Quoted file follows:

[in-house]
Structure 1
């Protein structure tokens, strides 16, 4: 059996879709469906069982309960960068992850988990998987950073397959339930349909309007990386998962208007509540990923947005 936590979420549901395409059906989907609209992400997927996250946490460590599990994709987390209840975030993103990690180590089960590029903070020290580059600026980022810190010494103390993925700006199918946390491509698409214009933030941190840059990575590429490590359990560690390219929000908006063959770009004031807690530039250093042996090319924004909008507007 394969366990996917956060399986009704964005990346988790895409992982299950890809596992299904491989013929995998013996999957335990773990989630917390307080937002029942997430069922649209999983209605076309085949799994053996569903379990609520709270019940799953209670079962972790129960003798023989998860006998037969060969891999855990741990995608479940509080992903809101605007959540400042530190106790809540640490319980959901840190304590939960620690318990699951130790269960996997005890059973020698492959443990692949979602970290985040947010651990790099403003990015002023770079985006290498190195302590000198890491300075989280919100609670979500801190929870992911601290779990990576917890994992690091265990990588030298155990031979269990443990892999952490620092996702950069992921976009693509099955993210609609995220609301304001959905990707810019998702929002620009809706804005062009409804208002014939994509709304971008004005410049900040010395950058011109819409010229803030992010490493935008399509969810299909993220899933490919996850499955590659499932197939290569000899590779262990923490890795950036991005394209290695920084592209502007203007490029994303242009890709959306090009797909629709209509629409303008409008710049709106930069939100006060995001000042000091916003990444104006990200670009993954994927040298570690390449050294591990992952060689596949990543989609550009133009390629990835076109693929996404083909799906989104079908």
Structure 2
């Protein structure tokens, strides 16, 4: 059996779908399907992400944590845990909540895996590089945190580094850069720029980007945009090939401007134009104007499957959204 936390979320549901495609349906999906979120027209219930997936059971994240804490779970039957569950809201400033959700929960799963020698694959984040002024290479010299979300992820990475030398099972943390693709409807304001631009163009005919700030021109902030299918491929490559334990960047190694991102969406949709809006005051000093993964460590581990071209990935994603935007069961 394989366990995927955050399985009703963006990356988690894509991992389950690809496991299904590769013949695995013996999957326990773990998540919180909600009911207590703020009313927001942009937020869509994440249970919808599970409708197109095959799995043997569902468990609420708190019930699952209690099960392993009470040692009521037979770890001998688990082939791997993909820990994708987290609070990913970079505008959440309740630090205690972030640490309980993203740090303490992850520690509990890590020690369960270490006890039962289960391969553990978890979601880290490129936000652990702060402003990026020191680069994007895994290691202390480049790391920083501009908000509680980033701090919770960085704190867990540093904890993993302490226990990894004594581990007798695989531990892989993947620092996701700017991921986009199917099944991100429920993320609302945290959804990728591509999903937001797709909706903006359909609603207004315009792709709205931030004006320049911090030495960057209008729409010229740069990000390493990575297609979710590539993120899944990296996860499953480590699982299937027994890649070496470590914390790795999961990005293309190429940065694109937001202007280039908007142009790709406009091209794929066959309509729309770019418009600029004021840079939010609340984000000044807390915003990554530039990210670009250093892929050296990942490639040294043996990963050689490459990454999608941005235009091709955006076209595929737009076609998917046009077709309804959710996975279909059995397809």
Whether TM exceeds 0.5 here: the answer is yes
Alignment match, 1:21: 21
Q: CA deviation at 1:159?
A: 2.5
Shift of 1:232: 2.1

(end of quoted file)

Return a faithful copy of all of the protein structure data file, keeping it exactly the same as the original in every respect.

[in-house]
Structure 1
């Protein structure tokens, strides 16, 4: 059996879709469906069982309960960068992850988990998987950073397959339930349909309007990386998962208007509540990923947005 936590979420549901395409059906989907609209992400997927996250946490460590599990994709987390209840975030993103990690180590089960590029903070020290580059600026980022810190010494103390993925700006199918946390491509698409214009933030941190840059990575590429490590359990560690390219929000908006063959770009004031807690530039250093042996090319924004909008507007 394969366990996917956060399986009704964005990346988790895409992982299950890809596992299904491989013929995998013996999957335990773990989630917390307080937002029942997430069922649209999983209605076309085949799994053996569903379990609520709270019940799953209670079962972790129960003798023989998860006998037969060969891999855990741990995608479940509080992903809101605007959540400042530190106790809540640490319980959901840190304590939960620690318990699951130790269960996997005890059973020698492959443990692949979602970290985040947010651990790099403003990015002023770079985006290498190195302590000198890491300075989280919100609670979500801190929870992911601290779990990576917890994992690091265990990588030298155990031979269990443990892999952490620092996702950069992921976009693509099955993210609609995220609301304001959905990707810019998702929002620009809706804005062009409804208002014939994509709304971008004005410049900040010395950058011109819409010229803030992010490493935008399509969810299909993220899933490919996850499955590659499932197939290569000899590779262990923490890795950036991005394209290695920084592209502007203007490029994303242009890709959306090009797909629709209509629409303008409008710049709106930069939100006060995001000042000091916003990444104006990200670009993954994927040298570690390449050294591990992952060689596949990543989609550009133009390629990835076109693929996404083909799906989104079908």
Structure 2
């Protein structure tokens, strides 16, 4: 059996779908399907992400944590845990909540895996590089945190580094850069720029980007945009090939401007134009104007499957959204 936390979320549901495609349906999906979120027209219930997936059971994240804490779970039957569950809201400033959700929960799963020698694959984040002024290479010299979300992820990475030398099972943390693709409807304001631009163009005919700030021109902030299918491929490559334990960047190694991102969406949709809006005051000093993964460590581990071209990935994603935007069961 394989366990995927955050399985009703963006990356988690894509991992389950690809496991299904590769013949695995013996999957326990773990998540919180909600009911207590703020009313927001942009937020869509994440249970919808599970409708197109095959799995043997569902468990609420708190019930699952209690099960392993009470040692009521037979770890001998688990082939791997993909820990994708987290609070990913970079505008959440309740630090205690972030640490309980993203740090303490992850520690509990890590020690369960270490006890039962289960391969553990978890979601880290490129936000652990702060402003990026020191680069994007895994290691202390480049790391920083501009908000509680980033701090919770960085704190867990540093904890993993302490226990990894004594581990007798695989531990892989993947620092996701700017991921986009199917099944991100429920993320609302945290959804990728591509999903937001797709909706903006359909609603207004315009792709709205931030004006320049911090030495960057209008729409010229740069990000390493990575297609979710590539993120899944990296996860499953480590699982299937027994890649070496470590914390790795999961990005293309190429940065694109937001202007280039908007142009790709406009091209794929066959309509729309770019418009600029004021840079939010609340984000000044807390915003990554530039990210670009250093892929050296990942490639040294043996990963050689490459990454999608941005235009091709955006076209595929737009076609998917046009077709309804959710996975279909059995397809």
Whether TM exceeds 0.5 here: the answer is yes
Alignment match, 1:21: 21
Q: CA deviation at 1:159?
A: 2.5
Shift of 1:232: 2.1